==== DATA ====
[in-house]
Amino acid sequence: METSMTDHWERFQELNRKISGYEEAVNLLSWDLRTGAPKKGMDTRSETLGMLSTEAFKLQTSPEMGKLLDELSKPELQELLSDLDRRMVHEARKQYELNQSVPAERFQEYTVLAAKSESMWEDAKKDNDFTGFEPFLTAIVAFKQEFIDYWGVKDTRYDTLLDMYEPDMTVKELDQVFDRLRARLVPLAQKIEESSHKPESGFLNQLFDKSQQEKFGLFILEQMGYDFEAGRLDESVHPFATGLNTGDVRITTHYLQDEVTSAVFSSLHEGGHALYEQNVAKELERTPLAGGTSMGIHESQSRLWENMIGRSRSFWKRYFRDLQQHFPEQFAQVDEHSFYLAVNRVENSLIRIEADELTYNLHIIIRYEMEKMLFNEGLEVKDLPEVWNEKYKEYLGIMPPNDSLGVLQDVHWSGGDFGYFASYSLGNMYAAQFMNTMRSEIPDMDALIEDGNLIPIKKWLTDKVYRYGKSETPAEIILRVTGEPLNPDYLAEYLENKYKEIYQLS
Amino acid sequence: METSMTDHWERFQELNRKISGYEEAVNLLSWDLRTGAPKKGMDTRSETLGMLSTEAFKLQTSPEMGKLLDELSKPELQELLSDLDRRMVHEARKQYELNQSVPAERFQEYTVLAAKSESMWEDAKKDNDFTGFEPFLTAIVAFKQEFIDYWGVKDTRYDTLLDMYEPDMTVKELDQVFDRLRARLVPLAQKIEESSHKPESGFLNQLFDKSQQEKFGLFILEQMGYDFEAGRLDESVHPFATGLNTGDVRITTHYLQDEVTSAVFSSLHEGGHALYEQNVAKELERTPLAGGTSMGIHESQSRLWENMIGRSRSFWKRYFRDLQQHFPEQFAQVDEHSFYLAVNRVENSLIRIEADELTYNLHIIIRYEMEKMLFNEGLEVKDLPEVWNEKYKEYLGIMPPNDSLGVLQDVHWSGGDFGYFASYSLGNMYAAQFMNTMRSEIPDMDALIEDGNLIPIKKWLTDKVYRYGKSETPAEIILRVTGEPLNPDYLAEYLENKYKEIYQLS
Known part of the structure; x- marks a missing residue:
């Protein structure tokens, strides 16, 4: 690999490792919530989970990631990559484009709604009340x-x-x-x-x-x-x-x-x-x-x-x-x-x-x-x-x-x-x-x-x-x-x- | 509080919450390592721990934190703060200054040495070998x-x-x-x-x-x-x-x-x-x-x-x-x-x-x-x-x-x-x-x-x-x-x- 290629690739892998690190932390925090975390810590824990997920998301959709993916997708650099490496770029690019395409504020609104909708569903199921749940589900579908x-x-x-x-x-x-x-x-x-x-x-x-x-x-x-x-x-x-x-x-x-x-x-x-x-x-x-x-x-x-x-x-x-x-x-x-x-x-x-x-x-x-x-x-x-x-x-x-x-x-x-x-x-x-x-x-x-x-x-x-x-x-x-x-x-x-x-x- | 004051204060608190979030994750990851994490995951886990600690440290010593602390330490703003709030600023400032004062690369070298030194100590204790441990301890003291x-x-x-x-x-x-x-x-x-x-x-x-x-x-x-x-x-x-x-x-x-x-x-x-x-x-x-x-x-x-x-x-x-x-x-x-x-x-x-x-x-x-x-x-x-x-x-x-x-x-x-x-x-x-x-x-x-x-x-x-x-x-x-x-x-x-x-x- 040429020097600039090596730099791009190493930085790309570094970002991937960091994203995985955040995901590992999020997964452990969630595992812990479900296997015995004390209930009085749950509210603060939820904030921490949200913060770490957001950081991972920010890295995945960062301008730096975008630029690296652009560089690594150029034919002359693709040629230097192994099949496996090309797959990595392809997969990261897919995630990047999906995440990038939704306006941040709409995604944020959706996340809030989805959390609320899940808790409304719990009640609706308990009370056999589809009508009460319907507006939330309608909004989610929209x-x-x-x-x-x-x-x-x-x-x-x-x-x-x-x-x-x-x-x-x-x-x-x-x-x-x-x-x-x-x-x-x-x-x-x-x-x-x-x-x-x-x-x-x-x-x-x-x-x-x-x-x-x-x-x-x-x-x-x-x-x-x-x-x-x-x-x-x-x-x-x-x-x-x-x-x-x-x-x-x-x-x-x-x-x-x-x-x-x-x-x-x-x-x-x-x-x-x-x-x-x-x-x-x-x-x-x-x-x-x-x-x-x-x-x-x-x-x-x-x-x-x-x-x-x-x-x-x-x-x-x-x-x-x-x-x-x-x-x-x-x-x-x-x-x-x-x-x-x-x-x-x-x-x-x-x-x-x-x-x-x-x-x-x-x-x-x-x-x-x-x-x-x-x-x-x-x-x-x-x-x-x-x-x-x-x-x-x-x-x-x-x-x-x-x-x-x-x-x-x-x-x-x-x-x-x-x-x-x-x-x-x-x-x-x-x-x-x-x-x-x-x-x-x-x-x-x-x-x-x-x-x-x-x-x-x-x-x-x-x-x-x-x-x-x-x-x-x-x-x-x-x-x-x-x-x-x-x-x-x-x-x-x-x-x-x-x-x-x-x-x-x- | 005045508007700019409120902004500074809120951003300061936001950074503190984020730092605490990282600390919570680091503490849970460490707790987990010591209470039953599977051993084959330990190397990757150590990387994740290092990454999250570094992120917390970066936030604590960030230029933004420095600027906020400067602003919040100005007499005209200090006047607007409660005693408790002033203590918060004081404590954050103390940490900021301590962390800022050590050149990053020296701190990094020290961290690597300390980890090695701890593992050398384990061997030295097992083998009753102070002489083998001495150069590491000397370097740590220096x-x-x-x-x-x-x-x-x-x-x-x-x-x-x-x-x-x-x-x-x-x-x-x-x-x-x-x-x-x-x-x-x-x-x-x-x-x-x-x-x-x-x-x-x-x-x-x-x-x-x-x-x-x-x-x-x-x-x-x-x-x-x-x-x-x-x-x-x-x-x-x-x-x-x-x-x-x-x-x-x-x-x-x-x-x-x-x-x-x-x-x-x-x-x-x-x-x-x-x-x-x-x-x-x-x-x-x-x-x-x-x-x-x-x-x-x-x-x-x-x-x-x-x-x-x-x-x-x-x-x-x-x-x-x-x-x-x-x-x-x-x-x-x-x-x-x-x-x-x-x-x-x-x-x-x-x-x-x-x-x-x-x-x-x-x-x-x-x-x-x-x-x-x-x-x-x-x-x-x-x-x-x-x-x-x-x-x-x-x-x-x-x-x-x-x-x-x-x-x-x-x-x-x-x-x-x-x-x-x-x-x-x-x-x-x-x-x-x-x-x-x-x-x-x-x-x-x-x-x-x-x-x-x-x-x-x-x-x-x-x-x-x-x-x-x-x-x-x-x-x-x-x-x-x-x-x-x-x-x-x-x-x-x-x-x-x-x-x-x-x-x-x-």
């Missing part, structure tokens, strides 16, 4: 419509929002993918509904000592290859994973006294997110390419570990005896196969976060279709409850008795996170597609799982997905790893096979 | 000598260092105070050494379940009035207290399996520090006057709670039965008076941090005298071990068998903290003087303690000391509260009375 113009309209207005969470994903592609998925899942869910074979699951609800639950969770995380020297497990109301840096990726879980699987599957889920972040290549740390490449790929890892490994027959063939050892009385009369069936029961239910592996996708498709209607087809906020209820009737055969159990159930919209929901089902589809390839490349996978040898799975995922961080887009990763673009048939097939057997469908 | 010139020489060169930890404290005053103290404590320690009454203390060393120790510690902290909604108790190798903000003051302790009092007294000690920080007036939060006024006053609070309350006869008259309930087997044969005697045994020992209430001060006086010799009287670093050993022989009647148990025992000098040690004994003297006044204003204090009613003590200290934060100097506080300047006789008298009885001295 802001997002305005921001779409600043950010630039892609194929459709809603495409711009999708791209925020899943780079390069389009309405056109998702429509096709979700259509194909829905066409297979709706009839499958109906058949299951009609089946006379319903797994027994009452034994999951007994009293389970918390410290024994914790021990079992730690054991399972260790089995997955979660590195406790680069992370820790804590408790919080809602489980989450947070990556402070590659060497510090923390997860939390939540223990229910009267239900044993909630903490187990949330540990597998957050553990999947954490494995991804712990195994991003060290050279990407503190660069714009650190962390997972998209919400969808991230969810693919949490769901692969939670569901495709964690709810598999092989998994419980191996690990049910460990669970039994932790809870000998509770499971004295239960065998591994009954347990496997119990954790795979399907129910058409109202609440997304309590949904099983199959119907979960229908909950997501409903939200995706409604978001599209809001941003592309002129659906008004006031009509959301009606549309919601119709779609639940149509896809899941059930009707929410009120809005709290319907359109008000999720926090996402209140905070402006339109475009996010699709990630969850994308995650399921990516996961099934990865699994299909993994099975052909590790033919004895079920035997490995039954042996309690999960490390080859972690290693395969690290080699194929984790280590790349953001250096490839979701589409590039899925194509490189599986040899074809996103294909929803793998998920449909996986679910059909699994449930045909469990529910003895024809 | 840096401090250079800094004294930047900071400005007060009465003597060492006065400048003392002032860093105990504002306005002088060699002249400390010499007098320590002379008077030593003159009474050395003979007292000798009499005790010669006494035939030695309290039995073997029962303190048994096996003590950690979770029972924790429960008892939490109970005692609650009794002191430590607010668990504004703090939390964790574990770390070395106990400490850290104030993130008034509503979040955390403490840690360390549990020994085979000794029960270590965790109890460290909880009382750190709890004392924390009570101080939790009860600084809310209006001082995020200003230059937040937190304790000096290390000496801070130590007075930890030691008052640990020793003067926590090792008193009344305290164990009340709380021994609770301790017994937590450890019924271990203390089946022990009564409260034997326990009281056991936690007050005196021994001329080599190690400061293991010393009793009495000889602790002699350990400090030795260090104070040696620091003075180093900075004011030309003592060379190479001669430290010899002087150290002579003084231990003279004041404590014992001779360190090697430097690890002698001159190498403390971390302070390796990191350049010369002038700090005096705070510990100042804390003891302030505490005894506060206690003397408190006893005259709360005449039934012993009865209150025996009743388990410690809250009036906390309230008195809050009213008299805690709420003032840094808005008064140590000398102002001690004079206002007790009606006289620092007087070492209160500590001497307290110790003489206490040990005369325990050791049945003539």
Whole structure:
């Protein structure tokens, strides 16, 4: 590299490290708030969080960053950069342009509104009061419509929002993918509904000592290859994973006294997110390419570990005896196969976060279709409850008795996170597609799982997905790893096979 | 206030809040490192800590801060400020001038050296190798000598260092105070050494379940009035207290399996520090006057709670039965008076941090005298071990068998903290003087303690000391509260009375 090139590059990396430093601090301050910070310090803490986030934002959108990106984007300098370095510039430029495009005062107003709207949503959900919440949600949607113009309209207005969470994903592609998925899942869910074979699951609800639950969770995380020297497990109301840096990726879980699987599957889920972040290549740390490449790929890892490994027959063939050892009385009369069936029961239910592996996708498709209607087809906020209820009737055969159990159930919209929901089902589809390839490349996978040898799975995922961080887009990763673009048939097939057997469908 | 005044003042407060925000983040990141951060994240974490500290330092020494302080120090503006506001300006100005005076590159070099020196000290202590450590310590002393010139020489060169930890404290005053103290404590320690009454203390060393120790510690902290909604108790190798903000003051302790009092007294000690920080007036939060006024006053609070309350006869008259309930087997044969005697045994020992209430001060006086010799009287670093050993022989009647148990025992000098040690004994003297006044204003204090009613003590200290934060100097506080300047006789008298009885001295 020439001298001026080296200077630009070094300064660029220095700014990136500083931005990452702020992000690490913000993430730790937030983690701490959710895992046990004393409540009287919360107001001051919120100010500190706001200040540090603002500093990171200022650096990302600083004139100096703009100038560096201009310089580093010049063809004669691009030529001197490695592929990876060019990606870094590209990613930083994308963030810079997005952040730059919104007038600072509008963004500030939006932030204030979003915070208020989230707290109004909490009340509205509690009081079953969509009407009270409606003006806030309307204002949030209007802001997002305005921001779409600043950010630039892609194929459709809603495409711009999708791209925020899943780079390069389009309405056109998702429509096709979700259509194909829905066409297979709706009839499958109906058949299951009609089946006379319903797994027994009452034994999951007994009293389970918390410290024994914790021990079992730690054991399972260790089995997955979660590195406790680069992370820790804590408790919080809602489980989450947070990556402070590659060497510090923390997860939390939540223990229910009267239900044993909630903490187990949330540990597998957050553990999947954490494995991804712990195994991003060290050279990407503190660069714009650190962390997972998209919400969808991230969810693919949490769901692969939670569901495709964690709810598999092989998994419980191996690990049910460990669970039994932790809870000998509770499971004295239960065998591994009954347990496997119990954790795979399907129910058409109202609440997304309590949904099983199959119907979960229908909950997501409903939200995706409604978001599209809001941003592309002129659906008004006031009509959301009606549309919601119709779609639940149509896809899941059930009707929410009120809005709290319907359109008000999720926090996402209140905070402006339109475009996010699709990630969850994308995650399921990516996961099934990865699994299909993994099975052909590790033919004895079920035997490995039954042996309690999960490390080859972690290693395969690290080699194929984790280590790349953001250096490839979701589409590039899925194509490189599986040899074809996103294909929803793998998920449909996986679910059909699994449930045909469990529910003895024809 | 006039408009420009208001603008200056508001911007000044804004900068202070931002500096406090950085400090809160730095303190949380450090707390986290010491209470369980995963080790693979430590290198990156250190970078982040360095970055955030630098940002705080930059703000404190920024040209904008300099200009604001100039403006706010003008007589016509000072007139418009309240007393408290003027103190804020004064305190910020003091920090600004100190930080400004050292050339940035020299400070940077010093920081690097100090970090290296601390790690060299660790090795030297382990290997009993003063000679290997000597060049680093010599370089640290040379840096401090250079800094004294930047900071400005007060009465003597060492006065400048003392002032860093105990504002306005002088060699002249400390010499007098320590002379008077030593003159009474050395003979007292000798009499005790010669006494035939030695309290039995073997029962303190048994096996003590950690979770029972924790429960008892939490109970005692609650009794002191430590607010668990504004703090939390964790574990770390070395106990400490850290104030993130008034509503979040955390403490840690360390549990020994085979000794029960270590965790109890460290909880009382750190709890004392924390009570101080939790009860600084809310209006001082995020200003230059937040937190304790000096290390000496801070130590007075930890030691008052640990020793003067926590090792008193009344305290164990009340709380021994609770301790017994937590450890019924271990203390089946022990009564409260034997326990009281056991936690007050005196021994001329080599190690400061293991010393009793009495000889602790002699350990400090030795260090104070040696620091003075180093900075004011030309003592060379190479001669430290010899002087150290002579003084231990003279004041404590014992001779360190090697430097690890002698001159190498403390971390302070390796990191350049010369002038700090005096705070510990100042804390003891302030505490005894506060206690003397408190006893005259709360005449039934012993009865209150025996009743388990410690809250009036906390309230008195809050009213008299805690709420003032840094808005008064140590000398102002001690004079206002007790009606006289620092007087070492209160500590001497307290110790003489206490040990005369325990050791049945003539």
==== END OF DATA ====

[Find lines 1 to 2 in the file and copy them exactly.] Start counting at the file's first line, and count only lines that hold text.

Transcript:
[in-house]
Amino acid sequence: METSMTDHWERFQELNRKISGYEEAVNLLSWDLRTGAPKKGMDTRSETLGMLSTEAFKLQTSPEMGKLLDELSKPELQELLSDLDRRMVHEARKQYELNQSVPAERFQEYTVLAAKSESMWEDAKKDNDFTGFEPFLTAIVAFKQEFIDYWGVKDTRYDTLLDMYEPDMTVKELDQVFDRLRARLVPLAQKIEESSHKPESGFLNQLFDKSQQEKFGLFILEQMGYDFEAGRLDESVHPFATGLNTGDVRITTHYLQDEVTSAVFSSLHEGGHALYEQNVAKELERTPLAGGTSMGIHESQSRLWENMIGRSRSFWKRYFRDLQQHFPEQFAQVDEHSFYLAVNRVENSLIRIEADELTYNLHIIIRYEMEKMLFNEGLEVKDLPEVWNEKYKEYLGIMPPNDSLGVLQDVHWSGGDFGYFASYSLGNMYAAQFMNTMRSEIPDMDALIEDGNLIPIKKWLTDKVYRYGKSETPAEIILRVTGEPLNPDYLAEYLENKYKEIYQLS